The exhibition

1. Long gallery of ancient artifacts

This epic blockbuster exhibition at the British Museum brings together over 300 objects to give a comprehensive overview of the myths and legends and long legacy surrounding the siege of Troy. It is, like most recent BM exhibitions, beautifully staged, with the wall of the long gallery painted black and evocatively decorated with archaic Greek patterns, while half way along the gallery the wooden ribs of enormous horse arch up over the visitor, obviously referencing the famous wooden horse.

Although it’s divided into lots of sections, Troy is essentially in two halves. The first, long narrow gallery displays umpteen red-figure vases, statues, sarcophagi, carved reliefs and so on from the era of the Athenian empire (5th century BC) onwards including and later Roman efforts, depicting numerous episodes from the long series of myths and legends connected with the epic story.

Roman sarcophagus lid including detail of the Trojan horse (late 2nd century AD) Photograph © Ashmolean Museum, University of Oxford

The curators increase the size of their subject matter by including the legends surrounding Odysseus and his ten-year-long journey back from the war to be reunited with his brave long-suffering wife Penelope. Homer’s Odyssey is very different in tone and subject matter from the Iliad. It is more full of fairy stories and legends about the Sirens or Calypso or the one-eyed Cyclops or Scylla and Charybdis.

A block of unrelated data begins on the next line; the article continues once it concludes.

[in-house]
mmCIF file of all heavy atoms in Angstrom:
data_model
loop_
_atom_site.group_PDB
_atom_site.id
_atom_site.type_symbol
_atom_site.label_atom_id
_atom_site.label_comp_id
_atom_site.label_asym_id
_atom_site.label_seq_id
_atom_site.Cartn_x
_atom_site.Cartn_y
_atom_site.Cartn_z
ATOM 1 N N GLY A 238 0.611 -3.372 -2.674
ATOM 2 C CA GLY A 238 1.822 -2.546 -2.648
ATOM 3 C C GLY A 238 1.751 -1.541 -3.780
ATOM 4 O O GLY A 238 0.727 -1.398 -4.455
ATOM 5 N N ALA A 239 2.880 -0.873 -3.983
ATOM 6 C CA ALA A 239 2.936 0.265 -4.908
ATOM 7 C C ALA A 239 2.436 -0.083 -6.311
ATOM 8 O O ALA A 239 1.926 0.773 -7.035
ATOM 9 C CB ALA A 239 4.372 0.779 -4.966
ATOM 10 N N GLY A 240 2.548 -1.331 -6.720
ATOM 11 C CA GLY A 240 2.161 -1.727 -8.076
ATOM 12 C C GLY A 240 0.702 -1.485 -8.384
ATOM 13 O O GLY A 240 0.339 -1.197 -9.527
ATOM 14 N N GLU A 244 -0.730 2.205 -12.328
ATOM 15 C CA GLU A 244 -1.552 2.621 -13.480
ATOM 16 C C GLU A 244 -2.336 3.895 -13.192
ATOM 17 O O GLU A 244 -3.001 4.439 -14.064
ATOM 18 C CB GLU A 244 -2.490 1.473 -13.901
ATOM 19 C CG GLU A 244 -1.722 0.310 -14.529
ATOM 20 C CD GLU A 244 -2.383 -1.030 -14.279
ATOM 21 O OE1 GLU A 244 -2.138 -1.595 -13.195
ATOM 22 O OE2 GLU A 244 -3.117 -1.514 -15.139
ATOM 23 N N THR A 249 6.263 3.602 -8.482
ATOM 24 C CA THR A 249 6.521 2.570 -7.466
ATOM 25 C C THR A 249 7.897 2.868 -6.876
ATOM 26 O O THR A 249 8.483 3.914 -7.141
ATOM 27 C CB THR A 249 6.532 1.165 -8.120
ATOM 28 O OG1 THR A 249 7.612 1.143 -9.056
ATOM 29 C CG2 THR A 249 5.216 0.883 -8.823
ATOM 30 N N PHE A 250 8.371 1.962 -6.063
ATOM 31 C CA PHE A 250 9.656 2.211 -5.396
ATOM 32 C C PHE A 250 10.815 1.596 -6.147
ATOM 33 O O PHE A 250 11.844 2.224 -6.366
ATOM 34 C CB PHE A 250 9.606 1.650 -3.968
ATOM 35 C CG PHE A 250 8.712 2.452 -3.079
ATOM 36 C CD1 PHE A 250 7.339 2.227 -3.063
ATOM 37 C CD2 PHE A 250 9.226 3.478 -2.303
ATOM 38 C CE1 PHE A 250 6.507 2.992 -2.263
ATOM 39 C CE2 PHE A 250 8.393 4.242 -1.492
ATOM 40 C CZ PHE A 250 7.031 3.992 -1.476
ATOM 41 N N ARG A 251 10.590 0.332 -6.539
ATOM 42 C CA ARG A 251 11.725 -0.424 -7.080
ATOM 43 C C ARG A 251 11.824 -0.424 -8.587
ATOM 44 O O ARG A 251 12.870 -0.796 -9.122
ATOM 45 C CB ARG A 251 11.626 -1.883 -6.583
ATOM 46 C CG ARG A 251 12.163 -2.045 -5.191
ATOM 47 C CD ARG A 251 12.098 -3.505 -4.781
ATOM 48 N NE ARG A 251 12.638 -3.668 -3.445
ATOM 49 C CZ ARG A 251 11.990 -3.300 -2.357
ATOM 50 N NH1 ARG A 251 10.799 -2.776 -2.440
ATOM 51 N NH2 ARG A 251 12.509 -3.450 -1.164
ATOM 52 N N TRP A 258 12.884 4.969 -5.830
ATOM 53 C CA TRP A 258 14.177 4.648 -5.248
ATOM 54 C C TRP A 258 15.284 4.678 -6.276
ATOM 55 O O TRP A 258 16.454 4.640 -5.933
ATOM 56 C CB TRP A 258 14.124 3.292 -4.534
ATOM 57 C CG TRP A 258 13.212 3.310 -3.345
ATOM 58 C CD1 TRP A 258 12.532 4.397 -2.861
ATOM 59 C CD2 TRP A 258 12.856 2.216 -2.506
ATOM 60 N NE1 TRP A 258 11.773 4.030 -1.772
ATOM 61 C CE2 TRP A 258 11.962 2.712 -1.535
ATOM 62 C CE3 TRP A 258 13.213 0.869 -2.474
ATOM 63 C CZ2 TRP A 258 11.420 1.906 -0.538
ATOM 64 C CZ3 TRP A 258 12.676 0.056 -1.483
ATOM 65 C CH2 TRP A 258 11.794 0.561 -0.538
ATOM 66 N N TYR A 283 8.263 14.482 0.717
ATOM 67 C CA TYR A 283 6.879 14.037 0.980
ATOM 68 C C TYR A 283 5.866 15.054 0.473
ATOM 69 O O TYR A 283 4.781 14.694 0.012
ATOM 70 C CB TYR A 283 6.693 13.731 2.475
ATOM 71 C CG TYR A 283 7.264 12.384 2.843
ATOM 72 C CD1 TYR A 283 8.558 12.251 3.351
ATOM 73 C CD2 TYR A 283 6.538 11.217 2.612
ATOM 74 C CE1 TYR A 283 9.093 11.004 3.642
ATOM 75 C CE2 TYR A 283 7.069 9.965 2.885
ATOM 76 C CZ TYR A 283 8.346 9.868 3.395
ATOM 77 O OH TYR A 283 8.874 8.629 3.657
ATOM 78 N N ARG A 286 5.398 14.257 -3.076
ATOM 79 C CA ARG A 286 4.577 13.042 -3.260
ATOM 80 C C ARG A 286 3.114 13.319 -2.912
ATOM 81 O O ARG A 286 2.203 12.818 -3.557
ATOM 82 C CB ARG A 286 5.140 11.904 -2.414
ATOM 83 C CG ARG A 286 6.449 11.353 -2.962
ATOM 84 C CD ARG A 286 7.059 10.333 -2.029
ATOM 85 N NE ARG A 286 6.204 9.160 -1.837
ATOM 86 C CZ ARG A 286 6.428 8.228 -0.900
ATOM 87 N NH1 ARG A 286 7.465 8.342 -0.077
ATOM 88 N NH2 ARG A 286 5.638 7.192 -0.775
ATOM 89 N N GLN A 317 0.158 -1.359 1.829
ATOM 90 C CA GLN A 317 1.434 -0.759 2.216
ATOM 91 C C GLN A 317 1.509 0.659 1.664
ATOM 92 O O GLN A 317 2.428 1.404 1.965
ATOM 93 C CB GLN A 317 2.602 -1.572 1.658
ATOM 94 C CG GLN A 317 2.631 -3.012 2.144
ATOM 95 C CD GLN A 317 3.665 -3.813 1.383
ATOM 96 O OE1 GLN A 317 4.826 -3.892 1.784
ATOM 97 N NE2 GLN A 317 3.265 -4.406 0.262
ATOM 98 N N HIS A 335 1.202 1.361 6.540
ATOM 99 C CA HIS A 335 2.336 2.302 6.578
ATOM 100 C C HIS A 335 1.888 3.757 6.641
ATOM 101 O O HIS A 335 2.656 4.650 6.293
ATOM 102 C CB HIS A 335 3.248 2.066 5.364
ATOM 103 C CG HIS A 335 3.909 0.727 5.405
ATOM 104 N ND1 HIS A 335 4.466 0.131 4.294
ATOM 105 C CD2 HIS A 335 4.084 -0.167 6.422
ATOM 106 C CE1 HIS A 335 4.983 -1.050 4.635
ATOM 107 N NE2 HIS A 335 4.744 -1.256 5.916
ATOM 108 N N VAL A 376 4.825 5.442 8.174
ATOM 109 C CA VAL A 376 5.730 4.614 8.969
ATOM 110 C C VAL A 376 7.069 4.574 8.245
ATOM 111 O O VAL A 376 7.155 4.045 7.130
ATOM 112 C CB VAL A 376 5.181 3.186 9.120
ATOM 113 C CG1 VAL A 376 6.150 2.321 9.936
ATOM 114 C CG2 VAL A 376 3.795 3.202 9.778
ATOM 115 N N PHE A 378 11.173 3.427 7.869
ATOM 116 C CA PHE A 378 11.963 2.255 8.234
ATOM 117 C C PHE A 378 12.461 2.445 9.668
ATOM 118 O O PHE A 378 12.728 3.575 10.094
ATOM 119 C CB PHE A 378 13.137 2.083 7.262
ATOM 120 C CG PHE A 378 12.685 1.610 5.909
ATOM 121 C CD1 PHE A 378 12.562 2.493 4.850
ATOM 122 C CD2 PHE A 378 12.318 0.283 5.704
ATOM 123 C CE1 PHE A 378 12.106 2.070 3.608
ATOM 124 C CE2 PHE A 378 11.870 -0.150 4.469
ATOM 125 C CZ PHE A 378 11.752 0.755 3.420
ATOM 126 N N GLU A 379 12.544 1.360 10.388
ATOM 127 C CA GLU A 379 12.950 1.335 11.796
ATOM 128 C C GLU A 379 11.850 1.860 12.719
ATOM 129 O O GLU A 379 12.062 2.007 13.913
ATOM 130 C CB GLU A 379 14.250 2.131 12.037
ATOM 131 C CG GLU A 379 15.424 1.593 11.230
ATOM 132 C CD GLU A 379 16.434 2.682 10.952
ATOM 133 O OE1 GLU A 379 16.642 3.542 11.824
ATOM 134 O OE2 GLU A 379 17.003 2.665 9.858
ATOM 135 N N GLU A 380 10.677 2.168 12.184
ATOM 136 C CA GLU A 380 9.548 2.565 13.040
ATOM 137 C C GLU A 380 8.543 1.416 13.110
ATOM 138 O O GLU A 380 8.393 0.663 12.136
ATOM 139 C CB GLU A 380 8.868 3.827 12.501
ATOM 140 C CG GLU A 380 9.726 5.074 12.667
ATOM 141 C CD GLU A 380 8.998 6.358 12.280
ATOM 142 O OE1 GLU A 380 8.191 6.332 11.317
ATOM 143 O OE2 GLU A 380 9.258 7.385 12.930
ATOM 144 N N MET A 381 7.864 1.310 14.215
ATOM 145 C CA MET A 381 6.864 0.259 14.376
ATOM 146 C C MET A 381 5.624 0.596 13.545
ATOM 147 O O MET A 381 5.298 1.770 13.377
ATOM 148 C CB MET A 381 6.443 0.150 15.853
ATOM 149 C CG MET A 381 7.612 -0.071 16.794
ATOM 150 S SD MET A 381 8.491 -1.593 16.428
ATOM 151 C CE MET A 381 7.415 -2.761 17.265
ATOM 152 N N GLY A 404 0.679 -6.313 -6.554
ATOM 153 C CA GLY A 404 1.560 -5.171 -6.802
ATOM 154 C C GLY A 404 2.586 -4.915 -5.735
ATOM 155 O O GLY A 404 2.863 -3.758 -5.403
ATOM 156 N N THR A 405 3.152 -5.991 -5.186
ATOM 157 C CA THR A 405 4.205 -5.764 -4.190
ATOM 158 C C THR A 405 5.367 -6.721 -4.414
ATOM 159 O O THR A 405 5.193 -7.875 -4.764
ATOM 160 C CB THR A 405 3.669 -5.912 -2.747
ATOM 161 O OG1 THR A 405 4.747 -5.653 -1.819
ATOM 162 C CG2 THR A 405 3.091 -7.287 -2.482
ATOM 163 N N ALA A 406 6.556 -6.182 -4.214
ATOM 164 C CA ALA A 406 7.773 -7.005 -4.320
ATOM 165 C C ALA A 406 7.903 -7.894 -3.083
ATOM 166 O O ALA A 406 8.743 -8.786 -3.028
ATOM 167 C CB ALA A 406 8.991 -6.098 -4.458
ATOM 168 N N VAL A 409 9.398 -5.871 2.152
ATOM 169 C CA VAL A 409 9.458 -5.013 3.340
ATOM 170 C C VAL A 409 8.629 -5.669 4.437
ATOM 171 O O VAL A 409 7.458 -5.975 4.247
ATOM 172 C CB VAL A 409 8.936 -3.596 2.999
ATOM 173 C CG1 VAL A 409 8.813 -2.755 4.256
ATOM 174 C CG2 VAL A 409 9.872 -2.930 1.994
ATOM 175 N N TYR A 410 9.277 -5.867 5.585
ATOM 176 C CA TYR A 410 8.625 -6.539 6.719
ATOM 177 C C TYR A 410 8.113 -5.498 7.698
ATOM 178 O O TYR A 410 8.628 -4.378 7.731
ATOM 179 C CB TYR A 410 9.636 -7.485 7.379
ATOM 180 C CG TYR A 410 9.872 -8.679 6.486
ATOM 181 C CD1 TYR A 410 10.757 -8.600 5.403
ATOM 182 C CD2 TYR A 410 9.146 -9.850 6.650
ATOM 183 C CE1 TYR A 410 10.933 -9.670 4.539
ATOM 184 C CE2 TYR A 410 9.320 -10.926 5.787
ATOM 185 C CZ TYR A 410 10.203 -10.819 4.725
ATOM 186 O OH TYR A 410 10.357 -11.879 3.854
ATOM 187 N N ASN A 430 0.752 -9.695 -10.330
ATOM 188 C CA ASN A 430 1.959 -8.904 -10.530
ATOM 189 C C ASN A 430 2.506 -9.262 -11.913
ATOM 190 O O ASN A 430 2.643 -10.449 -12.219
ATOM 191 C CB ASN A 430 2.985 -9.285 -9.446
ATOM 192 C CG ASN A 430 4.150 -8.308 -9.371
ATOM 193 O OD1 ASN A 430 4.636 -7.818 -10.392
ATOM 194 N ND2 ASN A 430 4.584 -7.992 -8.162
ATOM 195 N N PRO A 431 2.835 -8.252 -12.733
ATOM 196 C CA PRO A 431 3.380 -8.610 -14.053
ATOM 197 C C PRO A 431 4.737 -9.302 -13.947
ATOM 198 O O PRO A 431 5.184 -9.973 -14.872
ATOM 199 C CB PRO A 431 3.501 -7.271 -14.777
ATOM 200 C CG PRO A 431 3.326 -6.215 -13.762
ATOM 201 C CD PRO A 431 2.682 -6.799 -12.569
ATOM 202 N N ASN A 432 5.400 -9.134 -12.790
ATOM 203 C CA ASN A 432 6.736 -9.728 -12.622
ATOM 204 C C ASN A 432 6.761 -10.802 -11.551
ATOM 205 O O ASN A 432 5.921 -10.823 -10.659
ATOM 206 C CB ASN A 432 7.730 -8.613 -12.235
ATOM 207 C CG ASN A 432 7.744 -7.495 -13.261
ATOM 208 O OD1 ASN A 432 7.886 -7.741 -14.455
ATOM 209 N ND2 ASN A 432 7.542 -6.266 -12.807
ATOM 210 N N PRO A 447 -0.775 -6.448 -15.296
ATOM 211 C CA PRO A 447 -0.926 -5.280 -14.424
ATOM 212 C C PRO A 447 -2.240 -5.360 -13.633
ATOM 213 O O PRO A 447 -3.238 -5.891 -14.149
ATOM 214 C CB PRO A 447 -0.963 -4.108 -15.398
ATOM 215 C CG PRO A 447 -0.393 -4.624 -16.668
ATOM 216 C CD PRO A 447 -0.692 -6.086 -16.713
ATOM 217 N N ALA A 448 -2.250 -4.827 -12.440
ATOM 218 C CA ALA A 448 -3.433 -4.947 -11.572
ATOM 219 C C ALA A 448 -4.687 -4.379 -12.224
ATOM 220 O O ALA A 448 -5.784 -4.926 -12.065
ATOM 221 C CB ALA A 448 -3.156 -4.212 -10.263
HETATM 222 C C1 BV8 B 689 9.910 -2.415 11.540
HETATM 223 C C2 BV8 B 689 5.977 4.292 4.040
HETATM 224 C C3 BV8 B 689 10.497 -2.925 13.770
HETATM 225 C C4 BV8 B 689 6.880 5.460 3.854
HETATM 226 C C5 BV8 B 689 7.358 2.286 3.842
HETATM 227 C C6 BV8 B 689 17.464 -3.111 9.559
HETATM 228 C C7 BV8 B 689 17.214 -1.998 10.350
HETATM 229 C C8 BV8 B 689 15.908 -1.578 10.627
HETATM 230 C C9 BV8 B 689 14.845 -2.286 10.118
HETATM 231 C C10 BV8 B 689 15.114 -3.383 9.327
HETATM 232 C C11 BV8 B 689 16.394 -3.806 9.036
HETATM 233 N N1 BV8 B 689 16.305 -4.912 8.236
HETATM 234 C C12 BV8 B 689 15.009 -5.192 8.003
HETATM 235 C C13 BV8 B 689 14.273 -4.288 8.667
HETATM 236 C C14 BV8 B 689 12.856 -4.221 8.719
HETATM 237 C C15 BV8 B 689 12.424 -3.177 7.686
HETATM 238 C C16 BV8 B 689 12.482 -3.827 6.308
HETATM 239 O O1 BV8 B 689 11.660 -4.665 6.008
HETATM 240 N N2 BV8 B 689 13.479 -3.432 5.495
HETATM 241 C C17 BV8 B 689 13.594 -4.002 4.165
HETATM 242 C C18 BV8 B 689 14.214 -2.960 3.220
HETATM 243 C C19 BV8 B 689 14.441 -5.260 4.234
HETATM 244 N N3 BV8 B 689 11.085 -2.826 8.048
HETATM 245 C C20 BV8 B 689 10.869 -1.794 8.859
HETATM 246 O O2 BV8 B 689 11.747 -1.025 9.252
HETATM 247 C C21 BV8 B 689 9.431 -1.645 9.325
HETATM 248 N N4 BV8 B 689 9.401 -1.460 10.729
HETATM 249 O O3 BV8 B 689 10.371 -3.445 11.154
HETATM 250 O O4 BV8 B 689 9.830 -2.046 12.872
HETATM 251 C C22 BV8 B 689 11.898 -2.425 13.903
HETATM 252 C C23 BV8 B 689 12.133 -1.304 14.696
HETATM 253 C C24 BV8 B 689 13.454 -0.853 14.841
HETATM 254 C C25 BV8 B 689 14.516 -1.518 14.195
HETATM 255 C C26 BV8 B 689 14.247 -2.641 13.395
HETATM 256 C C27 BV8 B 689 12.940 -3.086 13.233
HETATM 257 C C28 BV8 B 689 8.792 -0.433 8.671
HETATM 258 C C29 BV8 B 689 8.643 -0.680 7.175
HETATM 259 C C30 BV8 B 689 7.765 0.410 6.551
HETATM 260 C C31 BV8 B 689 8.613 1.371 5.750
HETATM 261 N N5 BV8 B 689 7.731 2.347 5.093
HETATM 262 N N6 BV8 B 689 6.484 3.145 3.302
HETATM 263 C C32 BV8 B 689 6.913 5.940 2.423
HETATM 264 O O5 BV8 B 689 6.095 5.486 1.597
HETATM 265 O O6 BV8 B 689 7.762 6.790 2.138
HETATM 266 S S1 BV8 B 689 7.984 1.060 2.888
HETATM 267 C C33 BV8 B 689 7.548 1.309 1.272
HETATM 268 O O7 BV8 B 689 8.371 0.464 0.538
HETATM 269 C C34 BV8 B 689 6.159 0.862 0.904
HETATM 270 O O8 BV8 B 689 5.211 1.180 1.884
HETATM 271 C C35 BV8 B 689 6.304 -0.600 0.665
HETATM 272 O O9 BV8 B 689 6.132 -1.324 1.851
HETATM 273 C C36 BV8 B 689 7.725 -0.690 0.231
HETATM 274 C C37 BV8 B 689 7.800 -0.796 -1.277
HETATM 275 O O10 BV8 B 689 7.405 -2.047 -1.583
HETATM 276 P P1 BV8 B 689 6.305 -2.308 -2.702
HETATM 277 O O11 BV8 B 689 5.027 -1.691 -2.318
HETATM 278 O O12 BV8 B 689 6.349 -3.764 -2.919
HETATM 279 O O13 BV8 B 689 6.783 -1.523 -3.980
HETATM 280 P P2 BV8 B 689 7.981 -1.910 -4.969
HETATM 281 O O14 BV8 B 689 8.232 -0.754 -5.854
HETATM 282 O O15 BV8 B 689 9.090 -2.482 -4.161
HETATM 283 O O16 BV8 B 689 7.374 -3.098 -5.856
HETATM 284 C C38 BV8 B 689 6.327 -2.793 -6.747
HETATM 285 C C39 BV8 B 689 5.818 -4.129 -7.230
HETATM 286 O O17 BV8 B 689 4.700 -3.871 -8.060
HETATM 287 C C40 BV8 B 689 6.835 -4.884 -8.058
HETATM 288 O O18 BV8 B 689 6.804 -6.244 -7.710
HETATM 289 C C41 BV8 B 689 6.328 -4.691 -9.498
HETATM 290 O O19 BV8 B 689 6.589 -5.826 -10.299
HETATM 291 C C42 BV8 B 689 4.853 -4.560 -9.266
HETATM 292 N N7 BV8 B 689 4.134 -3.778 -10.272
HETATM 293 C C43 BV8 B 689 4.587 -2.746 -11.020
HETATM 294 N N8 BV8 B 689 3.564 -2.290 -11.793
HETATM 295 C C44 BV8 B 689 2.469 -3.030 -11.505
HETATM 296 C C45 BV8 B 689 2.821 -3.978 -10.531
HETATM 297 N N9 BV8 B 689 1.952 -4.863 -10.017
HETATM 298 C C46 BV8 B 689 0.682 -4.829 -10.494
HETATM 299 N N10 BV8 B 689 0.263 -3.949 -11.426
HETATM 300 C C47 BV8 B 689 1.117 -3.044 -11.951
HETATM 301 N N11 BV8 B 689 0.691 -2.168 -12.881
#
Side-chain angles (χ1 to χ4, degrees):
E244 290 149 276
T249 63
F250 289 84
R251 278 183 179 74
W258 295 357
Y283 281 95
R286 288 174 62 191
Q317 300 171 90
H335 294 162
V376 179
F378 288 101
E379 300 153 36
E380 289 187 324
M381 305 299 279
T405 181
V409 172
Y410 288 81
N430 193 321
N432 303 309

And they also devote some sections to Virgil’s epic poem, The Aeneid, which follows the adventures of Aeneas, a minor character in the Iliad, who is promoted by Virgil to become a semi-Odysseus in his own right, fleeing burning Troy to wander the Mediterranean, have a long love affair with Dido Queen of Carthage, before being compelled to fulfil his duty which is to sail to Italy and found the precursor of Rome.

Including Odysseus, Virgil and all their related stories in the exhibition gives the curators more subject matter but, in my purist eyes, weakens the impact of the Iliad material, the material solely about the war, which focuses on battle, conflict, male anger and destruction only.

There are informative sections about the Greek gods, the geography of the Homeric world, how the Romans co-opted the Greek legends for their own purposes, if you didn’t already know.

And then the first gallery comes to an end and you turn the corner and come back on yourself along a narrow gallery running parallel to the first one.

2. Archaeology and Schliemann

At this turning point is a section devoted to the excavations carried out on the coast of modern-day Turkey by a series of Victorian archaeologists, which climaxed in the German excavator Heinrich Schliemann who loudly claimed to have uncovered the true site of Troy in 1873.

Display of objects found by Schliemann at Troy along with books describing his excavations. Photo by the author

3. Troy in European art

And when you progress beyond Schliemann and turn the corner you discover that the second long corridor is – rather surprisingly – an art gallery.

If the first half of the exhibition shows how the legends of Troy were depicted in ancient Greek art and sculpture, this second gallery shows how the same legends were depicted by European artists from the Middle Ages onwards.